On Contemplating the Martian War Machine

On Saturday, I built the Tripod Invader, one of the sets from the new LEGO Alien Conquest theme which is based loosely on H.G. Wells’ The War of the Worlds and alien invasion B-movies of the 1950s. When I wrote about the set yesterday, I mentioned that I was thinking of modifying the Tripod Invader to be more War of the Worlds-like.

And this Thing I saw! How can I describe it? A monstrous tripod, higher than many houses, striding over the young pine trees, and smashing them aside in its career; a walking engine of glittering metal, striding now across the heather; articulate ropes of steel dangling from it, and the clattering tumult of its passage mingling with the riot of the thunder. A flash, and it came out vividly, heeling over one way with two feet in the air, to vanish and reappear almost instantly as it seemed, with the next flash, a hundred yards nearer. Can you imagine a milking stool tilted and bowled violently along the ground? That was the impression those instant flashes gave. But instead of a milking stool imagine it a great body of machinery on a tripod stand.
    — H.G. Wells, The War of the Worlds, Chapter Ten, “In The Storm”

I kept the idea in the back of my head all day; while some of the creative cylinders were firing on the editorial copy I had to write today, other cylinders were firing on the problem of making a Martian tripod. I wasn’t planning on blogging on the subject of modifying the Tripod Invader, but since I wrote two pages of notes on the matter on the train home this evening, I thought I’d share my thinking.

This is not a detailed plan-of-attack, by the way. I have not opened up the crate of LEGO and dug down into it to see whether or not I have the necessary parts because I’m not entirely sure what the necessary parts are. These are just ideas, and ideas are bulletproof.

  • The Tripod Invader does not stand tall enough. If you look at the vintage artwork, such as that by French artist Alvim Corréa, it’s clear that the Martian war machines are quite tall, perhaps the equivalent of a four or five-storey building.
  • Wells’ Martians were a decaying, lethargic civilization. They would not use purple and neon green on their war machines.
  • The control pod must move independently of the heat ray and black smoke cannon.
  • The tripod needs hoses.

The idea, then, is to take what I have and make it more Wells-like. This seems doable.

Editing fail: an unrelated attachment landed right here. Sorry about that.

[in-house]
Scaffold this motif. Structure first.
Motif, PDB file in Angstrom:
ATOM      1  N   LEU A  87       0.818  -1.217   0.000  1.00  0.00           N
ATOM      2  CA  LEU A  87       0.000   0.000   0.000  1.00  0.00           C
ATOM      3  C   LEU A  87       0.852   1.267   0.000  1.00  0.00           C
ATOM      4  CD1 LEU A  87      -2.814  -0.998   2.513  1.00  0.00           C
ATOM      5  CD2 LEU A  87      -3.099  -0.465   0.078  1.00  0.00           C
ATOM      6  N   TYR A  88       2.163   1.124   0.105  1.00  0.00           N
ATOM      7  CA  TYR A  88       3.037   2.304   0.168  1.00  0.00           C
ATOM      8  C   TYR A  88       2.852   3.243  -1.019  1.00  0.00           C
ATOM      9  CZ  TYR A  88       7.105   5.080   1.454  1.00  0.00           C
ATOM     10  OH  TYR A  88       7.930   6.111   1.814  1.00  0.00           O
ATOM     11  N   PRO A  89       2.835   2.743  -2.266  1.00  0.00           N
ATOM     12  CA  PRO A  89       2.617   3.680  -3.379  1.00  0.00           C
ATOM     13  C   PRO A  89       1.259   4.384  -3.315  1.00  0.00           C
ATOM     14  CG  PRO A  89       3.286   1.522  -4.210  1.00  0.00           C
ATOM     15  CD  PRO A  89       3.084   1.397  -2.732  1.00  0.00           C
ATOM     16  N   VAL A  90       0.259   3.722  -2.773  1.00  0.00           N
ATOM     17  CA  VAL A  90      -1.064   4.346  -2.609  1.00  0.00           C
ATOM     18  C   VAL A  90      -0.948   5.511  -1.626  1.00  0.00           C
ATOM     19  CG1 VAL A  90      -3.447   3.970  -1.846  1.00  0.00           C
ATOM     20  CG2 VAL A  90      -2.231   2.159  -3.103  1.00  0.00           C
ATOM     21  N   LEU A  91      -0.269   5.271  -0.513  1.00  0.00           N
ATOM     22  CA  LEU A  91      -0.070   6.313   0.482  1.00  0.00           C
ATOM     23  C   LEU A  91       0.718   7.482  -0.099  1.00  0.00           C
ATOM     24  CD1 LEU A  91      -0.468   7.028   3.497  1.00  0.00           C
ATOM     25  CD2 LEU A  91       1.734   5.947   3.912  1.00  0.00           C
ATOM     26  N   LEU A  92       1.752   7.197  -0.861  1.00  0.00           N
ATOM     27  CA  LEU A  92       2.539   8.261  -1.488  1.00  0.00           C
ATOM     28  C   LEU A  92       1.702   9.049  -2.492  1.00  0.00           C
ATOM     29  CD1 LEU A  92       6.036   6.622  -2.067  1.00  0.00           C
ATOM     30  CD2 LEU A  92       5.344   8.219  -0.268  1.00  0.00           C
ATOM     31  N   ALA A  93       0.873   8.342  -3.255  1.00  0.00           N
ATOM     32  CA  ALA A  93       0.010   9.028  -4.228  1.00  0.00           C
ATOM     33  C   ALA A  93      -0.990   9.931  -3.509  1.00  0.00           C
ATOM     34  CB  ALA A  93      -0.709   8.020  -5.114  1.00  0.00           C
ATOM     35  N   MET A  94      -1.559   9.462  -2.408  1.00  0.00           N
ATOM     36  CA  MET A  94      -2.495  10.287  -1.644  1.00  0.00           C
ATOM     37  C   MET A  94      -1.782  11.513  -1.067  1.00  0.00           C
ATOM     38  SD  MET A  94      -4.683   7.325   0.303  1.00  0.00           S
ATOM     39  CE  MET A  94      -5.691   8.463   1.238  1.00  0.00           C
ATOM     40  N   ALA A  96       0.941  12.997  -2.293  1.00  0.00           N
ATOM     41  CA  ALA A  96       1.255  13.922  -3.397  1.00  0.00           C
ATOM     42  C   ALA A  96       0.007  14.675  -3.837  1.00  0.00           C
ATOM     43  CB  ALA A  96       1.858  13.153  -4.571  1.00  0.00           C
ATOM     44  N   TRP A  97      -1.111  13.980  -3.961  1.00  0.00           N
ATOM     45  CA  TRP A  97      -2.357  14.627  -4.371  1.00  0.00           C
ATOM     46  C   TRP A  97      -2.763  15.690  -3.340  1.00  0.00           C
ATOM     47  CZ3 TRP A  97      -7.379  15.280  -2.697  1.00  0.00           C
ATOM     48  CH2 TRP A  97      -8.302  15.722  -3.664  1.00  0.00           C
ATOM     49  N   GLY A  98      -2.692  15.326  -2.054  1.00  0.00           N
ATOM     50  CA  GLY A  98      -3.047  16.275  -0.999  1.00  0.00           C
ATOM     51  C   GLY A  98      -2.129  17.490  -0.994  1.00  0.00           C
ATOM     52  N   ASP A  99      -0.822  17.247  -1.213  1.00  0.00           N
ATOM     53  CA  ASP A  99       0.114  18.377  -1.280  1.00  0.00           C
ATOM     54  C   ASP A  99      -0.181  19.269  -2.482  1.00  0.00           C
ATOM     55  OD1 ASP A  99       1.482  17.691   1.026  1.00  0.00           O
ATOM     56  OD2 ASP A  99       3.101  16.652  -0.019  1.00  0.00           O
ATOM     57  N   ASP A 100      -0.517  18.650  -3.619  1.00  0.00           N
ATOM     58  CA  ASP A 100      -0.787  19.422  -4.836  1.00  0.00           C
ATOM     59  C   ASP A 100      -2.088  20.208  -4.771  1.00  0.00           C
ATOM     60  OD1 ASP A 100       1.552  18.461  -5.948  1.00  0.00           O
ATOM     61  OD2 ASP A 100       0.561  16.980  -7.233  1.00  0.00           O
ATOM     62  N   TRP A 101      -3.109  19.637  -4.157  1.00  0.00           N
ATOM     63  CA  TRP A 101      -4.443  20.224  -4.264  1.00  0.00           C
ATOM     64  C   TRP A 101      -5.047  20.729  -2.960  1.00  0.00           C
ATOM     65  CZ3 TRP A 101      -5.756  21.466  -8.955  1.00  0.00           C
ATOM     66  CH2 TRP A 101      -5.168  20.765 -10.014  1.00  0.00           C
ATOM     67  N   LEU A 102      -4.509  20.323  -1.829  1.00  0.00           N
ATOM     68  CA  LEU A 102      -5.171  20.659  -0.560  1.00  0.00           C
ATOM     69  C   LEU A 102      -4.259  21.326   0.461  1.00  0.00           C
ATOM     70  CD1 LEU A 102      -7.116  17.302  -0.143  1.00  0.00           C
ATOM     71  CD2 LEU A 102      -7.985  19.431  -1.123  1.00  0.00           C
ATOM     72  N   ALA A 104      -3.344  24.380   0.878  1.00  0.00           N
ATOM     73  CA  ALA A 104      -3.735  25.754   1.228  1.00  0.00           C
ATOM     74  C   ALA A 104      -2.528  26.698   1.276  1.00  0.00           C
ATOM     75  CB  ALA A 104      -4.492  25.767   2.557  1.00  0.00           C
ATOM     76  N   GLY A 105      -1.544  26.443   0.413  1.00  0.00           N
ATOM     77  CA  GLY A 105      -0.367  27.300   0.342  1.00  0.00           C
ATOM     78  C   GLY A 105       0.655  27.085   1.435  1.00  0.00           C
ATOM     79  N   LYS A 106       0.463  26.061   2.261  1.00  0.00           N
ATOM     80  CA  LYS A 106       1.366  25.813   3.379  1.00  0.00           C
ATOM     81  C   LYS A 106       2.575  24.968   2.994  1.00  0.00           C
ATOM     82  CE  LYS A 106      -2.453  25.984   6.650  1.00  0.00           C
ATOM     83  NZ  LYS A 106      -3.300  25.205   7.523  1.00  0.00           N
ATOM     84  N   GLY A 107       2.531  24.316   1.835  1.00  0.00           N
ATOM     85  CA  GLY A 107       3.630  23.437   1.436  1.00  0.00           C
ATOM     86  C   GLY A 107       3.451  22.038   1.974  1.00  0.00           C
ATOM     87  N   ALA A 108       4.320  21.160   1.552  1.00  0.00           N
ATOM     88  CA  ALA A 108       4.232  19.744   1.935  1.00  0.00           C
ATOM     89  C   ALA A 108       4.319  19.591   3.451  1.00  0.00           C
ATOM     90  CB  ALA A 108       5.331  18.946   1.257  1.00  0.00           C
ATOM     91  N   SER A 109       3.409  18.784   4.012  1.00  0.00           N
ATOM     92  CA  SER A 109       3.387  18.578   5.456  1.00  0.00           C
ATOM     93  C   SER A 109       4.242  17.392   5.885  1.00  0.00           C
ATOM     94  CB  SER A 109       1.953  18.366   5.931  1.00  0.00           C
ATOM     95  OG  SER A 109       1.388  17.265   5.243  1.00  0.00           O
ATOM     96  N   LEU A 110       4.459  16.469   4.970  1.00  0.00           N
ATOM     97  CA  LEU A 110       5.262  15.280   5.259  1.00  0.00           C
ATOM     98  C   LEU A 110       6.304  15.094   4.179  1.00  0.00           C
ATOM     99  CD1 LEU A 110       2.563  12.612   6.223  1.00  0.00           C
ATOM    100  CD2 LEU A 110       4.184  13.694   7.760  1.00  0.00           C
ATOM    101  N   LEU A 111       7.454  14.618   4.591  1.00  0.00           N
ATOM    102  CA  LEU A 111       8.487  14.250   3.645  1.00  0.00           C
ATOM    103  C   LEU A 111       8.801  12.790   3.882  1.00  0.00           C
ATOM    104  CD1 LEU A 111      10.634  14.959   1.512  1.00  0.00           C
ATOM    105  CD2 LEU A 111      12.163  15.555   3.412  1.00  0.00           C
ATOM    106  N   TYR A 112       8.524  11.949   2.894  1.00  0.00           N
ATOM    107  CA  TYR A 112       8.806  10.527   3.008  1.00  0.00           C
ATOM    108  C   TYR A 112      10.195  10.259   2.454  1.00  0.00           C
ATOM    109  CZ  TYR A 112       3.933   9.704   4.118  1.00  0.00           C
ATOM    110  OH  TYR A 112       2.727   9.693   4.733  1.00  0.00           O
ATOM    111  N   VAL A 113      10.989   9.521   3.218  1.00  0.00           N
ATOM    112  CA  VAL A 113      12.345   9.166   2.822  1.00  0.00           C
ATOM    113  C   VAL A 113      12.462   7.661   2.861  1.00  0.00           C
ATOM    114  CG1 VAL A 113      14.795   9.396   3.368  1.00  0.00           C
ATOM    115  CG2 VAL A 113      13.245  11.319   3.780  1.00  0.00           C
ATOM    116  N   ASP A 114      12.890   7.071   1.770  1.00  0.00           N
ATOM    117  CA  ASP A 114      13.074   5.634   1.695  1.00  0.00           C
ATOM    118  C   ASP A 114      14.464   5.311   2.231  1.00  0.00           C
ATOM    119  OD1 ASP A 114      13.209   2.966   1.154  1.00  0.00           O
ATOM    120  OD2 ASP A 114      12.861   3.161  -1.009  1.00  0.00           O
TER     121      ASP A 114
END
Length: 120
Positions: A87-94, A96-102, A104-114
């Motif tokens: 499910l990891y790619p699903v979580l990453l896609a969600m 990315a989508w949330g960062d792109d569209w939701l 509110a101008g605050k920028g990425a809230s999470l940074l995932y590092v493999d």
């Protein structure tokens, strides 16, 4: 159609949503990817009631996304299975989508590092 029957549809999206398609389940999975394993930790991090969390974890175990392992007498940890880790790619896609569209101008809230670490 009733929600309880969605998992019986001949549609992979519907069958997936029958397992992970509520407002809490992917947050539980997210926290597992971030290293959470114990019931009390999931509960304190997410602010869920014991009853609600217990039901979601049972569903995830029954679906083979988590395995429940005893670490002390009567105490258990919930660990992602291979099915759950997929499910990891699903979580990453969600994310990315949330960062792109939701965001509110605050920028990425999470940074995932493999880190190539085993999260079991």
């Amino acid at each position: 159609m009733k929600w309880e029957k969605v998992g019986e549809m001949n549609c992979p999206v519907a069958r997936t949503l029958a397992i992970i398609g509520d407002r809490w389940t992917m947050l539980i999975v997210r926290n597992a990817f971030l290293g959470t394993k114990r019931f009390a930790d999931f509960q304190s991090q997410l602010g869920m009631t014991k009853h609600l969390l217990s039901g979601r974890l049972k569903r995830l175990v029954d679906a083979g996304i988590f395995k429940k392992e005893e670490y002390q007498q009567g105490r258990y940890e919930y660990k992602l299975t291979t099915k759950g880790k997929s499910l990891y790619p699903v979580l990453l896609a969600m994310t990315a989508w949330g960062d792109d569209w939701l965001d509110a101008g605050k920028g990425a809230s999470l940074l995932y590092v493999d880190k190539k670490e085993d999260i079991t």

The Tripod Invader’s legs can be lengthened; the easiest way would be to adding additional length 8 cross beams to the legs, attaching them together in the same way that tripod’s legs attach to the feet. Bracing them with parallel beams that span the joint would not only make the legs sturdier, it would also give the legs a more pronounced — and entirely appropriate — steampunk appearance.

Jointing the legs as seen in Corréa’s vintage artwork, however, would be foolish; the tripod’s legs are presently sturdy because they don’t move. Jointed knees would only make things more complicated and more likely to fail and/or break.

In short, I intend to leae the legs from the current set intent, merely modifying them to make the tripod stand taller. I think quadrupling the present length is not unreasonable.

As far as colors, blacks and grays and blues are more befitting those keen intelligences of the dying Mars. Neon green will be replaced whenever possible with black, purple with either gray or blue. In reality, this means only replacing the colored bricks on the tripod’s feet; I intend to scrap the command command and laser cannon altogether and replace them with something more distinctly Martian.

With the much longer legs, the Martian war machine’s weaponry will be slung beneath the triple leg joint instead of above it as with the out-of-the-box design, and the hoses Wells describes will be attached to it. The command pod will go above the triple leg joint.

The command pod may swivel. I want it to swivel, but I’ve yet to work out the mechanics that can both rotate and swivel. It may be that creating a command pod that swivels would unbalance the tripod’s legs, especially since they’re going to be so much longer.

A TIE Fighter may be sacrificed to make this dream a reality. It would go to a noble cause, though.

Is there any timeframe for this? No. This week is an unending series of deadlines, this weekend I’m going out of town. Next week, I can sit down, figure what I have (and don’t), and then start making the modifications to make something suitably Martian. 🙂

Published by Allyn

A writer, editor, journalist, sometimes coder, occasional historian, and all-around scholar, Allyn Gibson is the writer for Diamond Comic Distributors' monthly PREVIEWS catalog, used by comic book shops and throughout the comics industry, and the editor for its monthly order forms. In his over ten years in the industry, Allyn has interviewed comics creators and pop culture celebrities, covered conventions, analyzed industry revenue trends, and written copy for comics, toys, and other pop culture merchandise. Allyn is also known for his short fiction (including the Star Trek story "Make-Believe,"the Doctor Who short story "The Spindle of Necessity," and the ReDeus story "The Ginger Kid"). Allyn has been blogging regularly with WordPress since 2004.

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